One major reason that the vaccine development process for COVID-19 has been able to speed up to its current extent is public-private partnerships. In mid-April, the NIH launched a public-private partnership to place COVID-19 vaccine and treatment development on the fast-track, and this partnership included more than a dozen leading biopharmaceutical companies, the Health and Human Services Office of the Assistant Secretary for Preparedness and Response, the CDC, the US Food and Drug Administration, and the European Medicines Agency. Together, the group developed an international strategy termed “Accelerating COVID-19 Therapeutic Interventions and Vaccines” or the ACTIV plan. By standardizing and sharing preclinical evaluation methods in an open forum, prioritizing and accelerating clinical evaluation of therapeutic candidates, maximizing clinical trial capacity and effectiveness, and creating a collaborative framework to share insights, the ACTIV plan aims to advance vaccine development in the fight against COVID-19.
The government has also aided in COVID-19 vaccine development through direct investment. The federal Biomedical Advanced Research and Development Authority (BARDA) is investing in the leading vaccine developers during clinical trials to ensure enough doses for the American public as well as the quick manufacturing and distribution of these doses. According to a CNBC article from early July, BARDA has distributed $1.2 billion to AstraZeneca to fund research and development and also reserve 400 million doses for the US. BARDA has also awarded $456 million to Johnson & Johnson and $486 million to Moderna. The US government has termed these large investments into a COVID-19 vaccine and the overall fast-track process, “Operation Warp Speed.” Additional beneficiaries include Novavax with $1.6 billion of funding and Emergent Biosolutions with $628 million. Pfizer and BioNTech also announced that the US government reserved up to 600 million potential doses by awarding the companies $1.95 billion to fund research and clinical development. The US government has made plentiful vaccine dose reservations with multiple leading vaccine developers in order to provide the vaccine at virtually no cost for the American public. However, if a company outside the US develops the vaccine, the cost may rise for the American public and there may also be a delay in when the vaccine doses arrive in the US.
Who Receives the First Batch of Vaccines?
Still, once a vaccine is available, new questions are posed: How should the distribution of the future vaccine be prioritized? According to Lena H. Sun with the Washington Post, current discussions and plans for prioritizing the distribution of the COVID-19 vaccine have categorized healthcare workers, other essential workers, and high-risk populations as the highest priority groups. High-risk populations specifically include older adults, residents of long-term care facilities, and people with underlying medical conditions relevant to COVID-19. However, there is much more controversy over who is considered an essential worker. Are cafeteria workers and the cleaning staff at medical facilities considered essential? Are teachers considered essential? Another controversial point is the role that race and ethnicity should play in prioritizing the distribution of the COVID-19 vaccine due to the disproportionate effect of the virus on certain communities of color. Following the high priority categories, there has been discussion about prioritizing children as well as pregnant women. Prioritizing based on location has also been brought up since some regions of the country have been hit harder by COVID-19. Clearly, the story doesn’t end with just the release of an effective COVID-19 vaccine.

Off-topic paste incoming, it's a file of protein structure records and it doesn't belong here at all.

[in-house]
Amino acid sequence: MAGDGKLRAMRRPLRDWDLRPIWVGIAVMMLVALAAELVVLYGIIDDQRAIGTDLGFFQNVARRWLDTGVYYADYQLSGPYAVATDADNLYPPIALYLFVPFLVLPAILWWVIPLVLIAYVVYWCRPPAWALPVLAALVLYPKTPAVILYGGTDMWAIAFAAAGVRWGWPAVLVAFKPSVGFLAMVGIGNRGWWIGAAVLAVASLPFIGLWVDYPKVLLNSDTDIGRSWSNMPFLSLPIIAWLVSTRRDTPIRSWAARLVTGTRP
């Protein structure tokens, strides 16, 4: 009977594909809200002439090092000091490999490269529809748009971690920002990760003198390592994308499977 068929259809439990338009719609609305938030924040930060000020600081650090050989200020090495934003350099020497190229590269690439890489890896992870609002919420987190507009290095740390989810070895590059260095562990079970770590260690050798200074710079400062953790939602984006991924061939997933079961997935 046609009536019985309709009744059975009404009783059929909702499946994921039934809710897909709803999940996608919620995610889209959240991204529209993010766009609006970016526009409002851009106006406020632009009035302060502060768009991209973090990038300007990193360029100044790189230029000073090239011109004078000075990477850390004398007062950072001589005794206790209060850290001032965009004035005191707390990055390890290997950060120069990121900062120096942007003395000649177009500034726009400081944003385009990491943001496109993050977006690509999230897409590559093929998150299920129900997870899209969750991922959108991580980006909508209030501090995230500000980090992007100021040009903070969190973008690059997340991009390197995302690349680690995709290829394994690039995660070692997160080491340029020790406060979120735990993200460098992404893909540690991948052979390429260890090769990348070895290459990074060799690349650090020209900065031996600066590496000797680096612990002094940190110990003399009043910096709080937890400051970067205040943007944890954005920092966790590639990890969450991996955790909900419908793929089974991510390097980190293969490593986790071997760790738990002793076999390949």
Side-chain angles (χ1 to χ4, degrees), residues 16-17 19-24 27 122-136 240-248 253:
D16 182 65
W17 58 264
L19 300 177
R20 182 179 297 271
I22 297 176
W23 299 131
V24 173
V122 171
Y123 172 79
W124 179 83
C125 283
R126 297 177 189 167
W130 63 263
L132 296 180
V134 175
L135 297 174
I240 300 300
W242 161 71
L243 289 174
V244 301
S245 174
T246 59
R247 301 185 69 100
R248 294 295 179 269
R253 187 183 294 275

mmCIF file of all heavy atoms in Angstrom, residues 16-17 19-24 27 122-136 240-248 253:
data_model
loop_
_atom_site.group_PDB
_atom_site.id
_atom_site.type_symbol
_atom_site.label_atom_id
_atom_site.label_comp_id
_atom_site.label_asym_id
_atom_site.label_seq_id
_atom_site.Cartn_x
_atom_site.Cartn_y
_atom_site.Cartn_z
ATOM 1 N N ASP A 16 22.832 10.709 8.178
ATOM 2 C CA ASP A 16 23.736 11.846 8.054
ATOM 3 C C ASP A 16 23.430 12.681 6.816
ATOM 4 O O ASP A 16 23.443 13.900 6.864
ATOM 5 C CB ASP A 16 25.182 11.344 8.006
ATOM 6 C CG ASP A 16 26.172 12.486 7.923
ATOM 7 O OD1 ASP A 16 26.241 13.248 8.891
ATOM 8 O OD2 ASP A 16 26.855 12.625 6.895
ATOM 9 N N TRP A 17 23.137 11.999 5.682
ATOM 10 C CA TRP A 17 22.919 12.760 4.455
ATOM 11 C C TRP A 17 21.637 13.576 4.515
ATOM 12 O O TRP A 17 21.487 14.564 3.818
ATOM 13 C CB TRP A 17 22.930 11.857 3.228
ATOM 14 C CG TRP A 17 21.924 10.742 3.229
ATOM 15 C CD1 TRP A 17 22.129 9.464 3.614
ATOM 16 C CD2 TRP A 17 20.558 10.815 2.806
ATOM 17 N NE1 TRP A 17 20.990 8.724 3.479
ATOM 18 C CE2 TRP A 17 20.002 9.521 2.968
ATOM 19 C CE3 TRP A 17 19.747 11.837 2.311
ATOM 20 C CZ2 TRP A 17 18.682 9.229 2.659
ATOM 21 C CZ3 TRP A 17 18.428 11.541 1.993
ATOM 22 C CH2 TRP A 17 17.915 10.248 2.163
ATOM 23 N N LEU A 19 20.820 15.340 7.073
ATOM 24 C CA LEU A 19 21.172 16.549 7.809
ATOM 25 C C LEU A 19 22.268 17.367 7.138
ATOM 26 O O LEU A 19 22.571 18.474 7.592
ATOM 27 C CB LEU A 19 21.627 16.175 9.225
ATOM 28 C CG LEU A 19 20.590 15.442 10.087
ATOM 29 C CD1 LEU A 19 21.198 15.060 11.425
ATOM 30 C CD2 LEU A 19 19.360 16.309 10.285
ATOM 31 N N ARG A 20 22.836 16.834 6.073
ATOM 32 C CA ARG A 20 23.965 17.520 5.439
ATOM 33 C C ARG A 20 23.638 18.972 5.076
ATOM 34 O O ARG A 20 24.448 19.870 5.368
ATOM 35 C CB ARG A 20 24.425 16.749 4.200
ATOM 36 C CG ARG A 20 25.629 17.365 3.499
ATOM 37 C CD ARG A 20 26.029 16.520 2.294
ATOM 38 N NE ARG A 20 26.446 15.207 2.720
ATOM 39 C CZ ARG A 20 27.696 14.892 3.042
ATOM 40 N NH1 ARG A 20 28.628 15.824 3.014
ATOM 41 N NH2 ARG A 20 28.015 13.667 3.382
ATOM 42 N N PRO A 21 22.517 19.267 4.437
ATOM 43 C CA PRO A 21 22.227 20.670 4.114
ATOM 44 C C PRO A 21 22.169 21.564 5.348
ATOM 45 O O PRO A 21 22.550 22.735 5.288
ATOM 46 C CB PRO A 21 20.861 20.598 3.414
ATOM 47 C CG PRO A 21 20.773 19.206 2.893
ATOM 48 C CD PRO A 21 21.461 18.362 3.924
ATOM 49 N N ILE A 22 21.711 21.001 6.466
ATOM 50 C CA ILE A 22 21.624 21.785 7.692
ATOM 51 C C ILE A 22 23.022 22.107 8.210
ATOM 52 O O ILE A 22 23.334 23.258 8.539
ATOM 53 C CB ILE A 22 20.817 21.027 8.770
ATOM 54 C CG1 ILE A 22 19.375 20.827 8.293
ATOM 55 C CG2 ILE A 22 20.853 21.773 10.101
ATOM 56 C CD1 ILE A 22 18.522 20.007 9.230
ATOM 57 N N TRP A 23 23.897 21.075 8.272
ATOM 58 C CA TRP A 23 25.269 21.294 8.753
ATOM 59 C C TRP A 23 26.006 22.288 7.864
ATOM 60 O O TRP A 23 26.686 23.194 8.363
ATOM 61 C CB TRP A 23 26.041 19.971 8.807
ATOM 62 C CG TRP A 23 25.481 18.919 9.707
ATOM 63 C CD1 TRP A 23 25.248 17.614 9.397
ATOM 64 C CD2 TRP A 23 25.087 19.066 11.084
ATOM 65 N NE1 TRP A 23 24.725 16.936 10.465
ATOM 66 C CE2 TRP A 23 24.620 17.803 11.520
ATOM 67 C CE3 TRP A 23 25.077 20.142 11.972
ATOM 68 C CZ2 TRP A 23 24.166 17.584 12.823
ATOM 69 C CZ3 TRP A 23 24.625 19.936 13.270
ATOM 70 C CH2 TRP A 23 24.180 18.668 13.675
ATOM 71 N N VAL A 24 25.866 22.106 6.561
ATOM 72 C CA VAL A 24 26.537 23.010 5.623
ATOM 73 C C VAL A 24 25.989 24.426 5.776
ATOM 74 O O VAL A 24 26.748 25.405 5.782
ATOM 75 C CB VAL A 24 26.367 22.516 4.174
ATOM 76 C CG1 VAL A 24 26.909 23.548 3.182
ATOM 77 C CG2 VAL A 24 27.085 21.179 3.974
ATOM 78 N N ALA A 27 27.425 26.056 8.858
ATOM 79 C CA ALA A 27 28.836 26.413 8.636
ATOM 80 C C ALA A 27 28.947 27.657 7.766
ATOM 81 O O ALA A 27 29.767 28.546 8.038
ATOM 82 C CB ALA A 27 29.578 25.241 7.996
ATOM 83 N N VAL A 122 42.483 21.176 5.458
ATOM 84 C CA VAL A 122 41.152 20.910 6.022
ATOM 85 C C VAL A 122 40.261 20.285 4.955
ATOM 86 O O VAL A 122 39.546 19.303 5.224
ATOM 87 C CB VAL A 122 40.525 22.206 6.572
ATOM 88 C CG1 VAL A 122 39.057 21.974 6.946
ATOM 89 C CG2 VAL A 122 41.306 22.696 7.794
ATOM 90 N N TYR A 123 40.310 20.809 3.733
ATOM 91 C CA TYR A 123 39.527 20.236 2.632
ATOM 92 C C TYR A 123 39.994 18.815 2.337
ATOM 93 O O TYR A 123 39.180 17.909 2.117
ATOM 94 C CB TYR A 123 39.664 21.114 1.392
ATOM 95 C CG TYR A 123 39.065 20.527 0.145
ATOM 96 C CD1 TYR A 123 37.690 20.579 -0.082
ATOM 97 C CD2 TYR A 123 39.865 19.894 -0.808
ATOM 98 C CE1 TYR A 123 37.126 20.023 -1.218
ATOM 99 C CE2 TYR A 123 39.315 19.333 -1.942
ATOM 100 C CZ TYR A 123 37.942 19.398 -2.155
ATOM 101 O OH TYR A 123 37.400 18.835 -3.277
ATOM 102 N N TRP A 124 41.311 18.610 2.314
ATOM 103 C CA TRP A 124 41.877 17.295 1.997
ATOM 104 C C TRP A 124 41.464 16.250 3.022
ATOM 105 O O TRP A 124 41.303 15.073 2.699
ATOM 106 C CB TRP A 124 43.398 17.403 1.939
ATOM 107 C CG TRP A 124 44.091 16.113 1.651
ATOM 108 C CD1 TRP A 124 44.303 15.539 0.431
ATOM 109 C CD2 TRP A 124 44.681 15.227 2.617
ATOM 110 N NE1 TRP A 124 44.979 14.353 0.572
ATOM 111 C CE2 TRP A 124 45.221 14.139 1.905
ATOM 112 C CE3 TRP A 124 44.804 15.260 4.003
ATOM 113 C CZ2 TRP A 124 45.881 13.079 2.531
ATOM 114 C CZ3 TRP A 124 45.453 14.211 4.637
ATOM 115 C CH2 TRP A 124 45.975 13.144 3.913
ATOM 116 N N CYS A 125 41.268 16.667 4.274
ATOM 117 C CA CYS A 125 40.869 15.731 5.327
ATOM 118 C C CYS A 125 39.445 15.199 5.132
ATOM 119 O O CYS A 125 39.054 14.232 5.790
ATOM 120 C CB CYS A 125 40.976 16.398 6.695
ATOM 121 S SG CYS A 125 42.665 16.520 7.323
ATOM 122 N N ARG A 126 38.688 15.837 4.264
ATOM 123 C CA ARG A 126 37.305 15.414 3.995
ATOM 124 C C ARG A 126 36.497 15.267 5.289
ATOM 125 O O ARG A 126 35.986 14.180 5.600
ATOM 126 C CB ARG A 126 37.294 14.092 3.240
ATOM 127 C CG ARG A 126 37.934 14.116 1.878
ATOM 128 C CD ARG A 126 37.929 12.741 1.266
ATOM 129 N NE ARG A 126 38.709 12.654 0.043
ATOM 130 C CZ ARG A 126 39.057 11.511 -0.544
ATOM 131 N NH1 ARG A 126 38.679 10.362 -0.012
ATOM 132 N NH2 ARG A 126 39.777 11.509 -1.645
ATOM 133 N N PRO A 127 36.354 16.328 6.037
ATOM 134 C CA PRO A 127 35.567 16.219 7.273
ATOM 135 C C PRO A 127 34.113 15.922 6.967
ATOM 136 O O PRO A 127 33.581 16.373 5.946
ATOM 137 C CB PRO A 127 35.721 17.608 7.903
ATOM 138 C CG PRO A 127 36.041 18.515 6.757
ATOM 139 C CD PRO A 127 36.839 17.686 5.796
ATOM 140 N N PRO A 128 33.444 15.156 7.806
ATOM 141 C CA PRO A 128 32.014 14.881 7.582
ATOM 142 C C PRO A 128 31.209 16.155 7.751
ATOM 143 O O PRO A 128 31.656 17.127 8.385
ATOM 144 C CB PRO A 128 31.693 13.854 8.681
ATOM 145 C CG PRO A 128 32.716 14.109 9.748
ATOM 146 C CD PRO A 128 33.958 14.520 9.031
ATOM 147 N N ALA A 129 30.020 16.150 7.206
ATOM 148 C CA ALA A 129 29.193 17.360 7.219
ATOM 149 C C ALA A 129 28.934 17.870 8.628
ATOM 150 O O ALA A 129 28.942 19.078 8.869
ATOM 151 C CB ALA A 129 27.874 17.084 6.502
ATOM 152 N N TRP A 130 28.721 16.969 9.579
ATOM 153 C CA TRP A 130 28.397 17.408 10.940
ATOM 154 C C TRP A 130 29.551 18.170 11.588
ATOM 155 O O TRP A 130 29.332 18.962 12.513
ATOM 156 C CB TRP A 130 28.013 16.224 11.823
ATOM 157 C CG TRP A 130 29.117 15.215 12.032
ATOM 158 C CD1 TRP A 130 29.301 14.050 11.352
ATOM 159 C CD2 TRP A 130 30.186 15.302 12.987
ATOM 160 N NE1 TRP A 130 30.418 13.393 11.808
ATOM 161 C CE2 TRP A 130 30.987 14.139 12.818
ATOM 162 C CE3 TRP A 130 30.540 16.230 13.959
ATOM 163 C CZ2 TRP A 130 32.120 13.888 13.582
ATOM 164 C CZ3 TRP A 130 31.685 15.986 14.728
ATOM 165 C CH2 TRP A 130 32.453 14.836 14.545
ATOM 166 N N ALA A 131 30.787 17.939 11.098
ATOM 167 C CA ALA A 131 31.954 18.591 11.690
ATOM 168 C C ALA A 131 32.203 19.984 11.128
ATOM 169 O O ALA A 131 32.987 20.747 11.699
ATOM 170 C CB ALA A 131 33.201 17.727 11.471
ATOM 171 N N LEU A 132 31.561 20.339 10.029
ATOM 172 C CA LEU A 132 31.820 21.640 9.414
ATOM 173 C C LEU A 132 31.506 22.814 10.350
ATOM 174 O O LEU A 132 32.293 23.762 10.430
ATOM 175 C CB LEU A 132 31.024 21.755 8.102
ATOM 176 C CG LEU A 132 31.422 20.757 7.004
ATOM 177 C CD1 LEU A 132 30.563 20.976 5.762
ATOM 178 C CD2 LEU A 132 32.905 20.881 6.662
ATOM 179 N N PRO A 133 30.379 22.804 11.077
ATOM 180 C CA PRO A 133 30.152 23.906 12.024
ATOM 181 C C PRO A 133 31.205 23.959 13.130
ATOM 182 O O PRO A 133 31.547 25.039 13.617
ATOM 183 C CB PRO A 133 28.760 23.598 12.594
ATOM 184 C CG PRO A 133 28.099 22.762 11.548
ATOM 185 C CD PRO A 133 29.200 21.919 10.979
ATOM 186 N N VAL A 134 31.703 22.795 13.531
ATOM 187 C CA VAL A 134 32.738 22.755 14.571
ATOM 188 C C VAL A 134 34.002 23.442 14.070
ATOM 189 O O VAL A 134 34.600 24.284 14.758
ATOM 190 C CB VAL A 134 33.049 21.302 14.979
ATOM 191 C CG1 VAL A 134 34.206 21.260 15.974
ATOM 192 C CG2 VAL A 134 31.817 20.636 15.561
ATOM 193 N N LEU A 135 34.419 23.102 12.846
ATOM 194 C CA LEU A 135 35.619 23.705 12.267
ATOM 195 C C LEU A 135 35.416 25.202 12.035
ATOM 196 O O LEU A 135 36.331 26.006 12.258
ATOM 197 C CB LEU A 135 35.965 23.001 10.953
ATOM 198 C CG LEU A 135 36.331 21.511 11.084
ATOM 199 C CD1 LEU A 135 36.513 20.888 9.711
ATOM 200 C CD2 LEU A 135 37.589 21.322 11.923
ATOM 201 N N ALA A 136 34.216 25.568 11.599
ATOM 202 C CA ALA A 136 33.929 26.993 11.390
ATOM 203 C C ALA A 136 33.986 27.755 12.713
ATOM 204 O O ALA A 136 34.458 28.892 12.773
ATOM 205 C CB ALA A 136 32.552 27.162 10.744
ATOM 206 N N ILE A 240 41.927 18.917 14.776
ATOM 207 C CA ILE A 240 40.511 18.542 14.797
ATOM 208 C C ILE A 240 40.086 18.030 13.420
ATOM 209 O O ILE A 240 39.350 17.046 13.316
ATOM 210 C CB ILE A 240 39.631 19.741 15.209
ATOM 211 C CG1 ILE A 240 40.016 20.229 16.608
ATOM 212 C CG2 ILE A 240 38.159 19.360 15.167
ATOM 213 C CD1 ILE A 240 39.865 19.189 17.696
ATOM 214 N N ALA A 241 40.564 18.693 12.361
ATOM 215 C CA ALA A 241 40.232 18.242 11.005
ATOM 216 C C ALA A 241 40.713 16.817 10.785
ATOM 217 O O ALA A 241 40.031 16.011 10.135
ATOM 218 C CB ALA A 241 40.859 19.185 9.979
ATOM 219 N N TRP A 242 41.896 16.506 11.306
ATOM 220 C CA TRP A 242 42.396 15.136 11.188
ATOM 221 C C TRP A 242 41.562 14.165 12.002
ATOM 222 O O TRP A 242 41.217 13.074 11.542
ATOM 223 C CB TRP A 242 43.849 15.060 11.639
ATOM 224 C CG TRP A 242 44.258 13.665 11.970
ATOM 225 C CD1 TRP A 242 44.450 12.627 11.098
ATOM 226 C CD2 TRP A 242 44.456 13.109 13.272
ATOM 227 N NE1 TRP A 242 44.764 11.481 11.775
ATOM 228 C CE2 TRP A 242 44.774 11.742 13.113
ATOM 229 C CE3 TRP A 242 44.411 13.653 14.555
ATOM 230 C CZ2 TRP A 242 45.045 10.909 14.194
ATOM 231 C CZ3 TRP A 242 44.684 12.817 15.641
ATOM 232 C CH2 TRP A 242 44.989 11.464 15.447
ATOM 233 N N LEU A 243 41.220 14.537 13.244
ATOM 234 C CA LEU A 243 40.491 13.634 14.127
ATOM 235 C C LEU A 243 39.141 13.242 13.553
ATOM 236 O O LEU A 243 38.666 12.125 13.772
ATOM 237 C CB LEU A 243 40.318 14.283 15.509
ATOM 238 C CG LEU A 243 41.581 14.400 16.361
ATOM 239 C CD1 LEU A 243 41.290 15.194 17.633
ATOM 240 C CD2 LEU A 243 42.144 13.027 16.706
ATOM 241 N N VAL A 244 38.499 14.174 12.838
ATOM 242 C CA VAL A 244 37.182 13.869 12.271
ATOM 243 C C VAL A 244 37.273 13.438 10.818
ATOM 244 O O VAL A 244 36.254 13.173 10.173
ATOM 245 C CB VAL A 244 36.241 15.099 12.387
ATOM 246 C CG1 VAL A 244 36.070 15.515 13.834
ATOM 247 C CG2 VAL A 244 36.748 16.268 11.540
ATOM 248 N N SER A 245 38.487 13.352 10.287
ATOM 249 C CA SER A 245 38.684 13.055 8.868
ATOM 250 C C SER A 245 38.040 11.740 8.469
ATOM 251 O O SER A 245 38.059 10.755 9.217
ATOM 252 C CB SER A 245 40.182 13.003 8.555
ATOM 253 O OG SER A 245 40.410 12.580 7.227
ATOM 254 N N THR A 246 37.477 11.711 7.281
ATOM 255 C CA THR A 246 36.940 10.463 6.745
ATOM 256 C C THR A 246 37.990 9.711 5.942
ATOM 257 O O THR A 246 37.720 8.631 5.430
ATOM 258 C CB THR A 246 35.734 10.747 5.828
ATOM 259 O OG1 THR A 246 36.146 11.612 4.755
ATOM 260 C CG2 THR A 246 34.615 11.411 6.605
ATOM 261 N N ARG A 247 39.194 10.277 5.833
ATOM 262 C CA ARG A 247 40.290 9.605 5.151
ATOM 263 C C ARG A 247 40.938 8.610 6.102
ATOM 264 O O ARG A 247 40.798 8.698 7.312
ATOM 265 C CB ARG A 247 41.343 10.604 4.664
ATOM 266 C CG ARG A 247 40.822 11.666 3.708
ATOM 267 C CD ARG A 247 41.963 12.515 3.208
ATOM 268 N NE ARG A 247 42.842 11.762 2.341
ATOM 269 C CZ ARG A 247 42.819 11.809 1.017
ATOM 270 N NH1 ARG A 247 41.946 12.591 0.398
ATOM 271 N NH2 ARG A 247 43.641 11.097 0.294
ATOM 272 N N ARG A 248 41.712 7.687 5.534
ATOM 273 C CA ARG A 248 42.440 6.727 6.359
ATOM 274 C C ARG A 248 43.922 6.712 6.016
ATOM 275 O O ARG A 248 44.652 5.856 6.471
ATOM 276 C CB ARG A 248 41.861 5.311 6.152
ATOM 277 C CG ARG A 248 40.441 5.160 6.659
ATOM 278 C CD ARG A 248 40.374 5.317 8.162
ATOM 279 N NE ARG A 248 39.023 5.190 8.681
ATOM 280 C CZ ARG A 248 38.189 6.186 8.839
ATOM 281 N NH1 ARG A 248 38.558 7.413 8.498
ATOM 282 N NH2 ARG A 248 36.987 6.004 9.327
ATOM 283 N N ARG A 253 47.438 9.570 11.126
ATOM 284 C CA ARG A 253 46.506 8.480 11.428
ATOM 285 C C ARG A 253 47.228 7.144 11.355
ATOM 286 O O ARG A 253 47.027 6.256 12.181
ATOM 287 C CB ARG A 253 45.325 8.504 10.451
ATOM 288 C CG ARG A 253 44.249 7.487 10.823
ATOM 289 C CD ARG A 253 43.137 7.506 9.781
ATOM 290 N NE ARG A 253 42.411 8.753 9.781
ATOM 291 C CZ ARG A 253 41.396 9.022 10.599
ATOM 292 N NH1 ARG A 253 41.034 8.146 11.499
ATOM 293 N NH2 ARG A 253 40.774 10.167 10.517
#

With multiple plans in discussion, it is equally important to ask, who gets to decide the prioritization? Statnews writer Helen Branswell stated that in mid-July, the National Academy of Medicine named a panel of US health officials tasked with developing the framework to make the critical decision of who gets vaccinated first. However, the Advisory Committee on Immunization Practices (ACIP) currently exists and already fills this niche, including the creation of the vaccination priority list during the 2009 H1N1 flu pandemic. Moreover, the national government’s Operation Warp Speed has also claimed distribution of the COVID-19 vaccines. Including the opinion of the general public, there are now four entities tasked with making the same decision. Considering that only a small portion of the population will have access to the vaccine at the start, assigning the groups atop the priority list is a critical decision that could impact the spread of COVID-19 while manufacturers and distributors are still working to make the vaccine available to the rest of the population. Even before building the vaccine priority list, these various entities must first decide who gets the final say in prioritization, or they must be in agreement because differing opinions will not succeed in enforcing the priority list.
Handling the Uncertainty
While the scientific community is hunting down a vaccine and the public sector is preparing for mass distribution, what should everyone else do? What should you do? President Trump has stated that the first doses of a COVID-19 vaccine could be available by the end of 2020, but according to Sarah Kolinovsky with ABC News, the Trump administration’s own medical and scientific experts are doubting the possibility of an effective vaccine on such a short timeline. Since vaccines can often take several years to develop, many experts including the Operation Warp Speed lead Moncef Slaoui, Dr. Anthony Fauci, and the former head of BARDA Dr. Rick Bright along with more have stated that even the 12-18 month timeline is formidable. With the current uncertainty on a vaccine any time soon, it is best not to hedge our bets and to play it safe. Social distancing guidelines as well as mask mandates should be thoroughly followed. Avoiding large gatherings and minimizing the number of people we come in contact with will both limit our own chance of being infected and also boost our chances of flattening the COVID-19 curve, at least in our own local community. Like any sporting event, as the audience, we should support the players taking part in the worldwide race for a COVID-19 vaccine in any way that we can. Until there is a COVID-19 vaccine available, all actions to limit the spread of the virus should continue if we want any chance of improving the current state of public health in both the US and the world. It is best to hope for a vaccine, but continue to act as if our own actions are the only vaccine.
Edited by Varshini Odayar